Background: It has not been clearly established whether percutaneous coronary intervention (PCI) can provide an incremental benefit in quality of life over that provided by optimal medical therapy among patients with chronic coronary artery disease.
Methods: We randomly assigned 2287 patients with stable coronary disease to PCI plus optimal medical therapy or to optimal medical therapy alone. We assessed angina-specific health status (with the use of the Seattle Angina Questionnaire) and overall physical and mental function (with the use of the RAND 36-item health survey [RAND-36]).
Results: At baseline, 22% of the patients were free of angina. At 3 months, 53% of the patients in the PCI group and 42% in the medical-therapy group were angina-free (P<0.001). Baseline mean (+/-SD) Seattle Angina Questionnaire scores (which range from 0 to 100, with higher scores indicating better health status) were 66+/-25 for physical limitations, 54+/-32 for angina stability, 69+/-26 for angina frequency, 87+/-16 for treatment satisfaction, and 51+/-25 for quality of life. By 3 months, these scores had increased in the PCI group, as compared with the medical-therapy group, to 76+/-24 versus 72+/-23 for physical limitation (P=0.004), 77+/-28 versus 73+/-27 for angina stability (P=0.002), 85+/-22 versus 80+/-23 for angina frequency (P<0.001), 92+/-12 versus 90+/-14 for treatment satisfaction (P<0.001), and 73+/-22 versus 68+/-23 for quality of life (P<0.001). In general, patients had an incremental benefit from PCI for 6 to 24 months; patients with more severe angina had a greater benefit from PCI. Similar incremental benefits from PCI were seen in some but not all RAND-36 domains. By 36 months, there was no significant difference in health status between the treatment groups.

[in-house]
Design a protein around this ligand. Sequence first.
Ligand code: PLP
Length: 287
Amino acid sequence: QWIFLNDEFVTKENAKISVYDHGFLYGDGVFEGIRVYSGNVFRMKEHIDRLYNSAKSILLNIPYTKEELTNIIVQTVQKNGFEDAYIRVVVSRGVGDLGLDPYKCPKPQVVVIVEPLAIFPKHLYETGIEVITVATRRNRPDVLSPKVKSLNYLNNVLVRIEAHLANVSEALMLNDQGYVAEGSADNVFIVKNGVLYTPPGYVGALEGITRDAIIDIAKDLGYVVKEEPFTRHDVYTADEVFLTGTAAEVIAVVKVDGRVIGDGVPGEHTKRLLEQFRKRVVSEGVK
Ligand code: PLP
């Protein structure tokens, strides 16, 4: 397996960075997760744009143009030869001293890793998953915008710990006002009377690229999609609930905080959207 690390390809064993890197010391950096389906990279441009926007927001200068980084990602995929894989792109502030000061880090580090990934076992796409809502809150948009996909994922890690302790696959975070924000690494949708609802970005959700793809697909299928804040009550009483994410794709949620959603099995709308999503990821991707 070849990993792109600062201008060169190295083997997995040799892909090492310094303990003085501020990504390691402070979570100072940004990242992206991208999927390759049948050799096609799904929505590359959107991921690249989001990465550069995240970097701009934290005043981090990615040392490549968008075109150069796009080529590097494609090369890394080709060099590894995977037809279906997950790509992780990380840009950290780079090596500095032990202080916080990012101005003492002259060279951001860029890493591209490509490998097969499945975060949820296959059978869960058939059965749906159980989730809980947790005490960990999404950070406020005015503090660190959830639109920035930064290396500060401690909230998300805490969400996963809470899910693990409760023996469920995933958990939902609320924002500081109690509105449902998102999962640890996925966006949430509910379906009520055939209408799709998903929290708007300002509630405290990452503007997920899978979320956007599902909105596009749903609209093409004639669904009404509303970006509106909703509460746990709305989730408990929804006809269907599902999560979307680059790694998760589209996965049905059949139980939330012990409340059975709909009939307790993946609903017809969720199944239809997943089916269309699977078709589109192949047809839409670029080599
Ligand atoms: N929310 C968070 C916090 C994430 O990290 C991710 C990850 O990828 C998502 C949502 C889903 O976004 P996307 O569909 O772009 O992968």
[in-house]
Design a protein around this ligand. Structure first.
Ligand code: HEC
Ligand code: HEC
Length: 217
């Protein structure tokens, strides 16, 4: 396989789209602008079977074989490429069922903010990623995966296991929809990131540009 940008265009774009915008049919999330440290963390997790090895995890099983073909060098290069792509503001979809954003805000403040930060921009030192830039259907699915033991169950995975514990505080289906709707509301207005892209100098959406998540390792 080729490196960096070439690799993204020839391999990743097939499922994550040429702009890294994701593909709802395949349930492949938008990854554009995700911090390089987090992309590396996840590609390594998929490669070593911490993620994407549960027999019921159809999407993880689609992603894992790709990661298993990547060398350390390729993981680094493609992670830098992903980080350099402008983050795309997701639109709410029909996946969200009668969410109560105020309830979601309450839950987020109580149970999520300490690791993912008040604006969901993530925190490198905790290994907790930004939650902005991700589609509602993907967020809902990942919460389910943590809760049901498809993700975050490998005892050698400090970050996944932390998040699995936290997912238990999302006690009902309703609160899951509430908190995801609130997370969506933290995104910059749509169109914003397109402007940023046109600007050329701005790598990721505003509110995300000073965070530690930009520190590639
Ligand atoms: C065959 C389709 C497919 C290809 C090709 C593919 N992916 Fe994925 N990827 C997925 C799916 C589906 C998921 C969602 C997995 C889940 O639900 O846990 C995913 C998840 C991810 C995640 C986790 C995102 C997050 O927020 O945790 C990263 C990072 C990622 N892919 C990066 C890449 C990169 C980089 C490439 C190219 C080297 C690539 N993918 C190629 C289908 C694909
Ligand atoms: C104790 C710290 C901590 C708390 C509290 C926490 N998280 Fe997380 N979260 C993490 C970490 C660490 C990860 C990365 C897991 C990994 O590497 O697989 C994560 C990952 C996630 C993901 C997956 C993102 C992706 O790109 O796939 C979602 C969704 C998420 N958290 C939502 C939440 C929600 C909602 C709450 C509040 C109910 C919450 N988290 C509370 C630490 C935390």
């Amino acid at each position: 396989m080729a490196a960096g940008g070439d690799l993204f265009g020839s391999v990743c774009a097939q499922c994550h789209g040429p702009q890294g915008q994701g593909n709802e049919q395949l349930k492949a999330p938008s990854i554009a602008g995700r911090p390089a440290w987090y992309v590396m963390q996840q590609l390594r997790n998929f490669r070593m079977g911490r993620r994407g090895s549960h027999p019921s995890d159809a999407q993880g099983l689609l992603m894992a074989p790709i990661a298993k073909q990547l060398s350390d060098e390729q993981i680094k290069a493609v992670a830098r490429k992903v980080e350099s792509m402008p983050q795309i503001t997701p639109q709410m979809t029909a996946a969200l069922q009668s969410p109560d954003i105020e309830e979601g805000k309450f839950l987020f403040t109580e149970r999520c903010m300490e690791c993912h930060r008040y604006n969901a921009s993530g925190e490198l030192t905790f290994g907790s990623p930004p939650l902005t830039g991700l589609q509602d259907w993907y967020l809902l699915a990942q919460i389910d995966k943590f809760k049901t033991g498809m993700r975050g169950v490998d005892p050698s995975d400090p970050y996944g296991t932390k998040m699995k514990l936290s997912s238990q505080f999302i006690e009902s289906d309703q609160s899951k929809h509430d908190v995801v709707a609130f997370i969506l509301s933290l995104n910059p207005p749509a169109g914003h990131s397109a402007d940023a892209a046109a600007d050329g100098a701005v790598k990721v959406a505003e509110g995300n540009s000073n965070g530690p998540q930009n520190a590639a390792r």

Conclusions: Among patients with stable angina, both those treated with PCI and those treated with optimal medical therapy alone had marked improvements in health status during follow-up. The PCI group had small, but significant, incremental benefits that disappeared by 36 months. (ClinicalTrials.gov number, NCT00007657.)
2008 Massachusetts Medical Society